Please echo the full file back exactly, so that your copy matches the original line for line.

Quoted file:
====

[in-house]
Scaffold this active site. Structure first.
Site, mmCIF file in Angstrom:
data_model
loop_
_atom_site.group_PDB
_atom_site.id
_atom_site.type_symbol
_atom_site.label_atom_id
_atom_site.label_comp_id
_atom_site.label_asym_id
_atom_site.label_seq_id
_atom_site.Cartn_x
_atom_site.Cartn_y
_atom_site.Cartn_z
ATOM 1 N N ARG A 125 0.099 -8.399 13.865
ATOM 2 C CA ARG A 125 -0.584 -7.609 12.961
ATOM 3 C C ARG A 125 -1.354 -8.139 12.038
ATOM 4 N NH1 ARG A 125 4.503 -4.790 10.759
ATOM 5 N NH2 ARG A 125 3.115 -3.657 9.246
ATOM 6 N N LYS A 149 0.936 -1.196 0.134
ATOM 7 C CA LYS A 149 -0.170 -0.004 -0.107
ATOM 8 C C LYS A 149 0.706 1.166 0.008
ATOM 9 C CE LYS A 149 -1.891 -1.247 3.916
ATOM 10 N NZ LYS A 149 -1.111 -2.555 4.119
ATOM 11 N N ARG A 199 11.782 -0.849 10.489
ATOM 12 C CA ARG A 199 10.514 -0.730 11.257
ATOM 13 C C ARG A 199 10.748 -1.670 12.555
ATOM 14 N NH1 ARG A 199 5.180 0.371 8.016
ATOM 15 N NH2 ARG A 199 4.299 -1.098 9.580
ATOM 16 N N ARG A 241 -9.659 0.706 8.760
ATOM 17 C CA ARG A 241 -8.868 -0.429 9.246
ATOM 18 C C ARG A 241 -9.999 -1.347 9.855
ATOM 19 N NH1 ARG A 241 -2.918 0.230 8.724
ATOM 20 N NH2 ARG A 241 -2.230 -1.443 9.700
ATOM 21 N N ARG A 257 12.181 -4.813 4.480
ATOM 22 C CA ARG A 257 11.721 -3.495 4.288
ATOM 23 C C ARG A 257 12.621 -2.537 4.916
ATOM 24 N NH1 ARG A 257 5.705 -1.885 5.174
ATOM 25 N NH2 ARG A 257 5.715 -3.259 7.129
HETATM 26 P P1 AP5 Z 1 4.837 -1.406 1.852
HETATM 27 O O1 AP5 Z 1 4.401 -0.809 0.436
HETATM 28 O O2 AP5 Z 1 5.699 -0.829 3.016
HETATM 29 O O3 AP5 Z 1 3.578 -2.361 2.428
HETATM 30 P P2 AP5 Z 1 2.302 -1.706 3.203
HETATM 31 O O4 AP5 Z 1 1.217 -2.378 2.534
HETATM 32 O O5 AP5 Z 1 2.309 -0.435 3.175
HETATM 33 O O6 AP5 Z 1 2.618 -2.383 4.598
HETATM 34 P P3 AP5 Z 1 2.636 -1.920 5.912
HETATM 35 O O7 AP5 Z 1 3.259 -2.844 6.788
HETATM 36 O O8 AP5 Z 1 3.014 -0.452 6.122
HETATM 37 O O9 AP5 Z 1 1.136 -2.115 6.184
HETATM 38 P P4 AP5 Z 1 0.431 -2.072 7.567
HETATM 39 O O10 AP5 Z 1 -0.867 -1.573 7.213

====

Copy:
[in-house]
Scaffold this active site. Structure first.
Site, mmCIF file in Angstrom:
data_model
loop_
_atom_site.group_PDB
_atom_site.id
_atom_site.type_symbol
_atom_site.label_atom_id
_atom_site.label_comp_id
_atom_site.label_asym_id
_atom_site.label_seq_id
_atom_site.Cartn_x
_atom_site.Cartn_y
_atom_site.Cartn_z
ATOM 1 N N ARG A 125 0.099 -8.399 13.865
ATOM 2 C CA ARG A 125 -0.584 -7.609 12.961
ATOM 3 C C ARG A 125 -1.354 -8.139 12.038
ATOM 4 N NH1 ARG A 125 4.503 -4.790 10.759
ATOM 5 N NH2 ARG A 125 3.115 -3.657 9.246
ATOM 6 N N LYS A 149 0.936 -1.196 0.134
ATOM 7 C CA LYS A 149 -0.170 -0.004 -0.107
ATOM 8 C C LYS A 149 0.706 1.166 0.008
ATOM 9 C CE LYS A 149 -1.891 -1.247 3.916
ATOM 10 N NZ LYS A 149 -1.111 -2.555 4.119
ATOM 11 N N ARG A 199 11.782 -0.849 10.489
ATOM 12 C CA ARG A 199 10.514 -0.730 11.257
ATOM 13 C C ARG A 199 10.748 -1.670 12.555
ATOM 14 N NH1 ARG A 199 5.180 0.371 8.016
ATOM 15 N NH2 ARG A 199 4.299 -1.098 9.580
ATOM 16 N N ARG A 241 -9.659 0.706 8.760
ATOM 17 C CA ARG A 241 -8.868 -0.429 9.246
ATOM 18 C C ARG A 241 -9.999 -1.347 9.855
ATOM 19 N NH1 ARG A 241 -2.918 0.230 8.724
ATOM 20 N NH2 ARG A 241 -2.230 -1.443 9.700
ATOM 21 N N ARG A 257 12.181 -4.813 4.480
ATOM 22 C CA ARG A 257 11.721 -3.495 4.288
ATOM 23 C C ARG A 257 12.621 -2.537 4.916
ATOM 24 N NH1 ARG A 257 5.705 -1.885 5.174
ATOM 25 N NH2 ARG A 257 5.715 -3.259 7.129
HETATM 26 P P1 AP5 Z 1 4.837 -1.406 1.852
HETATM 27 O O1 AP5 Z 1 4.401 -0.809 0.436
HETATM 28 O O2 AP5 Z 1 5.699 -0.829 3.016
HETATM 29 O O3 AP5 Z 1 3.578 -2.361 2.428
HETATM 30 P P2 AP5 Z 1 2.302 -1.706 3.203
HETATM 31 O O4 AP5 Z 1 1.217 -2.378 2.534
HETATM 32 O O5 AP5 Z 1 2.309 -0.435 3.175
HETATM 33 O O6 AP5 Z 1 2.618 -2.383 4.598
HETATM 34 P P3 AP5 Z 1 2.636 -1.920 5.912
HETATM 35 O O7 AP5 Z 1 3.259 -2.844 6.788
HETATM 36 O O8 AP5 Z 1 3.014 -0.452 6.122
HETATM 37 O O9 AP5 Z 1 1.136 -2.115 6.184
HETATM 38 P P4 AP5 Z 1 0.431 -2.072 7.567
HETATM 39 O O10 AP5 Z 1 -0.867 -1.573 7.213